Open 2024 Stories - R. P. Singletary


Lake Effect

By R. P. Singletary


Even with Linda, the lake waters would feel like ice through my insulated waders and the thermal underwear and wool socks. Had been 22 when I first switched on the truck an hour earlier, lazy sun barely up, maybe by now a balmy 25 on the mercury, if accurate. I tapped the vehicle's gauge, no budge. Only more ice moved its drop sudden and sharp off bringing branches of overhead tree to land on my windshield, the glass already cracked and I had no plans to replace it, at least during what little remained of my lifetime. Yeah ice a good thing, can still feel that much here and there, body not covered in what did the doc call it yesterday, yeah neuropathy.

I felt enough of my fingers to know I held the mug as I exited the pickup. I looked down. Bare hands, solid grip – firm I kept telling myself. I held the coffee. Sturdy. I had done well with that pair of manual workers. Ha, manual workers, what a pun. Chuckling, I spilled my hot drink, but no harm through all the layers of comfort. I rubbed a moist finger across the other rough and chafed hand, dry like old cornbread in need of a deep dunking in some restorative soup of Mama's.


It was winter all right, at least by coastal measures, and I saw lingering, proud leaves of every squished shade of red and yellow dying all around my swollen feet, too much salt on last night's dinner. The lake would come later, I hoped. For now, I was on dry land, and it was cold, but green of winter here surrounded me: Pines, mostly longleaf, leggy and elegant like Linda.

Some daydream of a fantasy, me out on the lake somehow with can't-swim Linda calming my head and heart, while waiting on go-to Bob, oh man. No sign of the guy, little reason for worry, all typical with him, the craziest duck hunter in this section and sure, he'd have some bold excuse for his lateness, always some fool antic and twisting of fact for that old boy. An original, all right! Often a good laugh, if he didn't kill you with his unsuccessful pranks like the time when we were both much younger and he flipped the duck boat over in the midst of a fluke ice storm that served up pneumonia and influenza to us and most of the state that year. No idea what the man had started laughing so hard about that morning. No idea why I had listened to the coot last week. Here I stood alone beside my truck, reliving his last words to me.

“Best haul our asses back out for one last shot,” Bob said last Wednesday at his pond shack, where we'd gone to pretend we were fishing.

“Too late in the season,” I told the silly man, but he wouldn't have any of that language.

“Don't sass me, young man.”

Like any aged outdoorsman from these parts, he shot back more nonsense right at my tender point: “Be good for us both, dontcha know, might be last chance you get.” Then he motioned at his neck before crossing himself like a holy man, which he surely weren't. “Ever, last chance ever,” he added along with some joke no waked or wading senior would laugh at if he had a faith in any heaven's-worth God or luck-pressing karma and had come to understand men can attain an age beyond the hunt, especially given the day's subfreezing temps, our dangerous duck blinds, and the tricky winds at play out on the lake at that very moment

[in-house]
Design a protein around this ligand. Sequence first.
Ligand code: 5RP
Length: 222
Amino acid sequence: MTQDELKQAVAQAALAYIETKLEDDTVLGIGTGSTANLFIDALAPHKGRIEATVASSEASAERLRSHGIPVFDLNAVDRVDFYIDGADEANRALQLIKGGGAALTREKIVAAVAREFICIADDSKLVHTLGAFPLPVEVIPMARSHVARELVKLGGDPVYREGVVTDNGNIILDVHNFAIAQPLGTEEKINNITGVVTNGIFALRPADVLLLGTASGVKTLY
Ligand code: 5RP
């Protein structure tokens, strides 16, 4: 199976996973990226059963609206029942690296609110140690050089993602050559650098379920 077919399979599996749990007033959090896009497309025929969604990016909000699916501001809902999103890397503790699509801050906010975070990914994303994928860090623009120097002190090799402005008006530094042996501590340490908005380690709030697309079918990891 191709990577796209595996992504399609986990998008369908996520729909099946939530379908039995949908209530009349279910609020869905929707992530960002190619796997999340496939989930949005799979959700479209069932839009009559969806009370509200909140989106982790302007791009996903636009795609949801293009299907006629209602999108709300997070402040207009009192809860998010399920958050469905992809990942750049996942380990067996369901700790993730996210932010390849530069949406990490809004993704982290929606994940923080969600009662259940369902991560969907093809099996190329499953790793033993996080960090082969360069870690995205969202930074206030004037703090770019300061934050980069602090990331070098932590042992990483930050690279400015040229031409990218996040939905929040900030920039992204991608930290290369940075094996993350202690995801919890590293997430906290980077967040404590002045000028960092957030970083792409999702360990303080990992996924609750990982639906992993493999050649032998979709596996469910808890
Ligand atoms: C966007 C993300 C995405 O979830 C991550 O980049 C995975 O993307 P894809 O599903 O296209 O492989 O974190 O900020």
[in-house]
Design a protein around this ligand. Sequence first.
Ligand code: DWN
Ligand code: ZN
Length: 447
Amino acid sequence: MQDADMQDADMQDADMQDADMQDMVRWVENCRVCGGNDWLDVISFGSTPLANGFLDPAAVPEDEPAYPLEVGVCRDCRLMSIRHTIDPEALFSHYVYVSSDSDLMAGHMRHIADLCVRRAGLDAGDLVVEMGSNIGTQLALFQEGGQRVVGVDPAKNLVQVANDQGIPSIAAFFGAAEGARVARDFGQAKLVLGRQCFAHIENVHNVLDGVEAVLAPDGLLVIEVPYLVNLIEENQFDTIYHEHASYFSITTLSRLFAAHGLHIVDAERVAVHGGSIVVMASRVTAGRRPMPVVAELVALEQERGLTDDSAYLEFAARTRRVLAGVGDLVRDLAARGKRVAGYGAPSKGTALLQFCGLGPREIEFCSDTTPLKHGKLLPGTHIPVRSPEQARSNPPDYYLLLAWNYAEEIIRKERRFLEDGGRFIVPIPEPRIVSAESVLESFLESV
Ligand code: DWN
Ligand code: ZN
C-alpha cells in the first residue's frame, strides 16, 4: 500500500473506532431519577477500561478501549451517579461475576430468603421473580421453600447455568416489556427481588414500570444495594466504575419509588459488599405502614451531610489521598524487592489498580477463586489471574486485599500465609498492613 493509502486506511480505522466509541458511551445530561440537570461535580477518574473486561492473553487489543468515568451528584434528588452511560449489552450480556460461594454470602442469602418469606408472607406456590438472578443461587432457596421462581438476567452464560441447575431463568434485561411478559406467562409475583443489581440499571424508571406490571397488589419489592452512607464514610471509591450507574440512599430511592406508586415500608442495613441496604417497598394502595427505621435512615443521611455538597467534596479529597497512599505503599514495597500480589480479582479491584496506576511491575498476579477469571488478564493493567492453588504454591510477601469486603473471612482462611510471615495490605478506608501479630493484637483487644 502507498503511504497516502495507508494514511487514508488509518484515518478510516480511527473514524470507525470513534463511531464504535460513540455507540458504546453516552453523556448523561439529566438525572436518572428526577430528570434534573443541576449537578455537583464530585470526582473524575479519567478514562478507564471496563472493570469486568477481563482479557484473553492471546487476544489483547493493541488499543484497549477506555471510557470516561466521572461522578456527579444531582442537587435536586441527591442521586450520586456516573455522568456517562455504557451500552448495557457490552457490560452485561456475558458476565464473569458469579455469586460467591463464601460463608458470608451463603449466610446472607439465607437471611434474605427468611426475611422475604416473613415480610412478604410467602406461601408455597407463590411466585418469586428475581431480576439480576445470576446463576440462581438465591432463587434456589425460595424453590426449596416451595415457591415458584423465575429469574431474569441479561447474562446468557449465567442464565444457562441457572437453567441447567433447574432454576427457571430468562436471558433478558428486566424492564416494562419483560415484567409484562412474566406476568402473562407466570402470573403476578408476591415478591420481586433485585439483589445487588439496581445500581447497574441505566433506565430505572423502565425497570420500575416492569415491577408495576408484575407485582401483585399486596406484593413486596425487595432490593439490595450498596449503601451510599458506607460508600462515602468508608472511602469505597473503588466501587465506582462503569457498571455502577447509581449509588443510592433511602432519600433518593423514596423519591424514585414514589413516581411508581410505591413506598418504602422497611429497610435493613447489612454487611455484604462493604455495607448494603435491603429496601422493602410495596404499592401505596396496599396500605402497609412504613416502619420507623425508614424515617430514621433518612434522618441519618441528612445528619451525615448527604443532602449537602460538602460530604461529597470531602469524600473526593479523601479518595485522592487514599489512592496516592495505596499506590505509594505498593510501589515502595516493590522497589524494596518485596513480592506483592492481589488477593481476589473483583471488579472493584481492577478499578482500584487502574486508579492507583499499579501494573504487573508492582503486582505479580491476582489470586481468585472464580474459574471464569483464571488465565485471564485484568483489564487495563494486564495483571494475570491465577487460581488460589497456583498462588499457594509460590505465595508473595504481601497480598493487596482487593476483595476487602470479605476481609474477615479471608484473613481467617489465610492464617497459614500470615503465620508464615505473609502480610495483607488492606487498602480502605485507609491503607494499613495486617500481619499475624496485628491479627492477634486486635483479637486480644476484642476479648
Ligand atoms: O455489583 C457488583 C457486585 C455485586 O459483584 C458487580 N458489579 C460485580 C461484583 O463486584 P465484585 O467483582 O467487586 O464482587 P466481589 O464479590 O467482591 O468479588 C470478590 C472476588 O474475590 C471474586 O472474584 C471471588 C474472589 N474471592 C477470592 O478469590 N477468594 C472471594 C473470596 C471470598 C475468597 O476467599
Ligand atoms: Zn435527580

No need for reminder of looming fate. We'd both grown up on Depression farms, knew the agribusiness of life and eventuality of the other, had hunted every day of our manhood from old enough to hold a shotgun until three years ago, every season little sense given for tiny license no matter who wore the big game warden badge that short term, and we'd seen it all flow out in every living color of drip from cattle or horse, deer and turkey, or way back when, squirrel and raccoon, hell maybe even gator, if I could safely report that as fact these days.


Oh, we knew how to respect danger. We knew limits. We didn't have random shootings either, schools always open and happy places for quiet study not bang-bang crazy headed for another lockdown. Yeah back then, we knew about the basic and important stuff without all the backwards drama of these days' shouting’s and shootings – never quite sure when one talk's saliva turns right into another bullet's blood, too fast and all unnecessary, forever over nothing. I might do well to leave this place, after all.

Old man me, I liked to rant, but I'd not yet had my coffee that morning, as my waking dream attested, but I knew and Bob knew. Better than to keep me waiting like this. Old man me. The thought pulled me ashore from that middle-of-lake reverie, Linda, gun respect, boyhood swamp wanderings, peaceful life, olden times, better. Last week at his river shack, we'd gone through all this, reliving shared memories since earliest days, and we'd gone down there after the doctor's news. His from the year before, mine from the day prior.


Same doctor, barely different news. But because of the last two years, go figure, we'd kept apart, all hunts interrupted, yes, yes far too many “pre-existing conditions” to understand what safe distance meant and all the kids and grands admonishing against this, that, and the other, and man, I had tried my best to get back out there, but more doctors kept calling Bob and me both about all kinds of old and new diagnoses and prognoses on what to do and not. And the kids and grands phoning when the line free, to render their oft-conflicting versions of excuse and advice, unneeded and unheeded in all four of our unfit hearers, Bob's and mine.